Hauliers and importers on both sides of the Irish Sea and Channel are becoming increasingly concerned that the UK’s borders will not be ready in time for the end of transition on 31 December 2020.
The UK will stop trading under EU rules from 1 January 2021 and businesses will be faced with new customs requirements, regardless of whether a deal for the future relationship is agreed to or not.
Industry bodies in both the UK and the EU continue to express concern that the UK’s technological solutions to managing these new administrative requirements will not be ready in time for the start of next year.
Irish hauliers question Holyhead's readiness
Irish hauliers are particularly concerned about preparations at Holyhead port, according to the BBC. Holyhead is the UK’s second biggest RoRo port after Dover, handling 1,200 lorries and trailers a day which cross the Irish Sea.
Although checks won’t be introduced on all goods entering Great Britain from the EU until July 2021 – as per the government’s three-phase plan – goods moving the other way will require declarations to be completed from 1 January.
The President of the Irish Road Haulage Association (IRHA), Eugene Drennan, said there was a rush to get systems established to ensure this trade can continue to move smoothly from 1 January 2021.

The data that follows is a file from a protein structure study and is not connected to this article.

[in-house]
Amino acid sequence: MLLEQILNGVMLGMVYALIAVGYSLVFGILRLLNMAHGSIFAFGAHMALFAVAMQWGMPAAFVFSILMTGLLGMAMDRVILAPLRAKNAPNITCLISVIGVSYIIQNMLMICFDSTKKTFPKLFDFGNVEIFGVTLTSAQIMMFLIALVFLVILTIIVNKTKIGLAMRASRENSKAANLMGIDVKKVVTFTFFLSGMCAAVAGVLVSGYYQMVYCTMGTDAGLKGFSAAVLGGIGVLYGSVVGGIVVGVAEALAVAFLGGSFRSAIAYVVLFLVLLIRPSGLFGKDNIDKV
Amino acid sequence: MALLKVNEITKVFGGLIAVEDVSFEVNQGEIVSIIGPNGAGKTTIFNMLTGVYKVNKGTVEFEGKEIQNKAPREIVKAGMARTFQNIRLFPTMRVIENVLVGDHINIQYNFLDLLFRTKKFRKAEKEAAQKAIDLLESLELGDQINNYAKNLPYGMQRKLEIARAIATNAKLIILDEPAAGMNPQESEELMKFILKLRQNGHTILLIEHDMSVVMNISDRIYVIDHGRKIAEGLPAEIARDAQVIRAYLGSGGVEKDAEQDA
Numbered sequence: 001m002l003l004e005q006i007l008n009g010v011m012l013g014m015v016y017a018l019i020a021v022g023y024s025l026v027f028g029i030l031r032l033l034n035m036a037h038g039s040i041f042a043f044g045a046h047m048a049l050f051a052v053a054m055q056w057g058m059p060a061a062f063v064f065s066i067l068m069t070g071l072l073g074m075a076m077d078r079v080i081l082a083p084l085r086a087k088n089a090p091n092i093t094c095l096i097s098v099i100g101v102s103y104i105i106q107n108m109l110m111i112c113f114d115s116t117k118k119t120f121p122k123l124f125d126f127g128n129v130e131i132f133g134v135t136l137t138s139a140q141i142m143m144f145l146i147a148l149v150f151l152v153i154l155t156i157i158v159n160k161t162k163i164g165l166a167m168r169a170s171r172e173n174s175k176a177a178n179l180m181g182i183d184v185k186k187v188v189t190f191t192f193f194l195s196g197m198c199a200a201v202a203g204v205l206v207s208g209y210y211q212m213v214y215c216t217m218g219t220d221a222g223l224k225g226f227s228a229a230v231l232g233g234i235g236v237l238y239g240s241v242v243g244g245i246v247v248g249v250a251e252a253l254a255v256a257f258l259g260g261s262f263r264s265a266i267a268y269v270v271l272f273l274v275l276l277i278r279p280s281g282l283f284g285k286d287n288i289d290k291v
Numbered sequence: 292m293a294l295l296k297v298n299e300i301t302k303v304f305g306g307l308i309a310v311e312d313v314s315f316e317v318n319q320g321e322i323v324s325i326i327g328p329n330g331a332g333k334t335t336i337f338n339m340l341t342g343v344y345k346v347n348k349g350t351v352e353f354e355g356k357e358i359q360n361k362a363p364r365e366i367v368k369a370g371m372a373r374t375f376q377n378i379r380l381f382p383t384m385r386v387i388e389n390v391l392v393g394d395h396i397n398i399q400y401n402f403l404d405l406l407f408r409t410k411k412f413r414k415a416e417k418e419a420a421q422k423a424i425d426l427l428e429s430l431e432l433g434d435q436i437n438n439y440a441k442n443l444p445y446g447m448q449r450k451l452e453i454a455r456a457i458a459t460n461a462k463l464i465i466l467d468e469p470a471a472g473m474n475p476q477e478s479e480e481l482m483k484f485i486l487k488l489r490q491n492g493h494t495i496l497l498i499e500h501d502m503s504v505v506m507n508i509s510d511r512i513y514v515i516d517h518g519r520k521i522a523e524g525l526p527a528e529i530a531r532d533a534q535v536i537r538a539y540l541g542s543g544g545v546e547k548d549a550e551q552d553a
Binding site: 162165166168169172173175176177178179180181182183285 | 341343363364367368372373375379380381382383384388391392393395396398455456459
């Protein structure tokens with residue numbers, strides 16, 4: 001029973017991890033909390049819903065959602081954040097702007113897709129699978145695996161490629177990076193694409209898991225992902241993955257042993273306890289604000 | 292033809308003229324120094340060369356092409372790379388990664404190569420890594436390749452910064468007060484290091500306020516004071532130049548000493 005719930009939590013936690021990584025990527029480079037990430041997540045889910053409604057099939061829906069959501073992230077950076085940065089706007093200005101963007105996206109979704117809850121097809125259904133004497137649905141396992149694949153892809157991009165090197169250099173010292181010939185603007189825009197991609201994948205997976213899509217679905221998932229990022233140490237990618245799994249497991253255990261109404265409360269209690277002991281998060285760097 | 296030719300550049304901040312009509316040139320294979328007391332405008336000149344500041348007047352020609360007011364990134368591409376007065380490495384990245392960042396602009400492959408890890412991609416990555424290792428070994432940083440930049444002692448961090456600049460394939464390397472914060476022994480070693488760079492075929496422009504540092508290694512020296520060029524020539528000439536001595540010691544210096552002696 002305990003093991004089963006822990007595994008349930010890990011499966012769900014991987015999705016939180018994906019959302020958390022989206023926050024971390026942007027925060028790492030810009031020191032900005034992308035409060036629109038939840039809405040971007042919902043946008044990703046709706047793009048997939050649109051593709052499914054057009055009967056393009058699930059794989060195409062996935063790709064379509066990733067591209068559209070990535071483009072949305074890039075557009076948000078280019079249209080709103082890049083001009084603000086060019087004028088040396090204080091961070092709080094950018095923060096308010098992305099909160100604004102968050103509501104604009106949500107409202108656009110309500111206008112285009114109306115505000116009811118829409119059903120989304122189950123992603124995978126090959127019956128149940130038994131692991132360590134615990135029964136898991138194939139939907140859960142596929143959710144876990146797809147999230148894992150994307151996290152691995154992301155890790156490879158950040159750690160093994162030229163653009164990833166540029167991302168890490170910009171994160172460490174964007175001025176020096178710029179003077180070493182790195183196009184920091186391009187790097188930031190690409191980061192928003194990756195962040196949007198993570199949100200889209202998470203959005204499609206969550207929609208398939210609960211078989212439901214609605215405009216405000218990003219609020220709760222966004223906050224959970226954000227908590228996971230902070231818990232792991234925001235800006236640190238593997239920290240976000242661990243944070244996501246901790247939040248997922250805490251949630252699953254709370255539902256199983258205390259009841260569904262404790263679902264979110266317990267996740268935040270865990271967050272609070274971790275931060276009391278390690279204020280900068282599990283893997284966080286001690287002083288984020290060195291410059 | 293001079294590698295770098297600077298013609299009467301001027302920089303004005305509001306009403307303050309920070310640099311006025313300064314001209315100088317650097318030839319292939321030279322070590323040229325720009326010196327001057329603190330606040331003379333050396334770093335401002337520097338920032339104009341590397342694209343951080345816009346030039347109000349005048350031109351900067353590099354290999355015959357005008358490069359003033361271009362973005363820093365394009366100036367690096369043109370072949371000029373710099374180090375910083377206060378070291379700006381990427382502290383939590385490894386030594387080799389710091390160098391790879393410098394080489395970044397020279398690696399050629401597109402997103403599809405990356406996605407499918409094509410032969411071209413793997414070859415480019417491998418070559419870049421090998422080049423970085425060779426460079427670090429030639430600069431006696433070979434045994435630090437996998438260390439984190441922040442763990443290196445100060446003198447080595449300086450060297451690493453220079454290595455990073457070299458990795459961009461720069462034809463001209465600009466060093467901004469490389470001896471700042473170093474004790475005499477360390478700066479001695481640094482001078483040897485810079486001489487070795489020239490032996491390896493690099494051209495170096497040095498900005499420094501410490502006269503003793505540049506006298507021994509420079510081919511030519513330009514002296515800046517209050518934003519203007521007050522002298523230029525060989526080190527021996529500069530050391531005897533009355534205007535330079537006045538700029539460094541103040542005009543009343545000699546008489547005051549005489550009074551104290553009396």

Although Drennan believes the Irish side has a degree of preparedness, he described the UK’s systems as “cumbersome” and claimed they were “not ready at all”.
However, Ian Davies, head of UK Port Authorities at vessel operator Stena Line – which runs Holyhead – said the port would be live-testing its systems and training staff over the next two weeks.
“We have always planned on the worst case scenario of no-deal because that’s the only thing you can base your preparations on and so we are now confident that we are in the right place for that,” he said.
Trialling lorry queues in Kent
Meanwhile, a trial of new customs systems by French authorities yesterday caused five-mile lorry queues in Kent.
The Guardian reported that Police Aux Frontières, the French Border Force, were rehearsing new immigration procedures.
These new procedures could add 70 seconds per passenger – including checking passports, the passenger’s destination and other details.
Fears of congestion at the ports post-transition are compounded by the recent problems experienced at the port of Felixstowe.
The port has been struggling to service shippers due to a lack of capacity since September
One forwarder told The Loadstar: “It’s a total mess and I fully understand the angry reaction from importers.”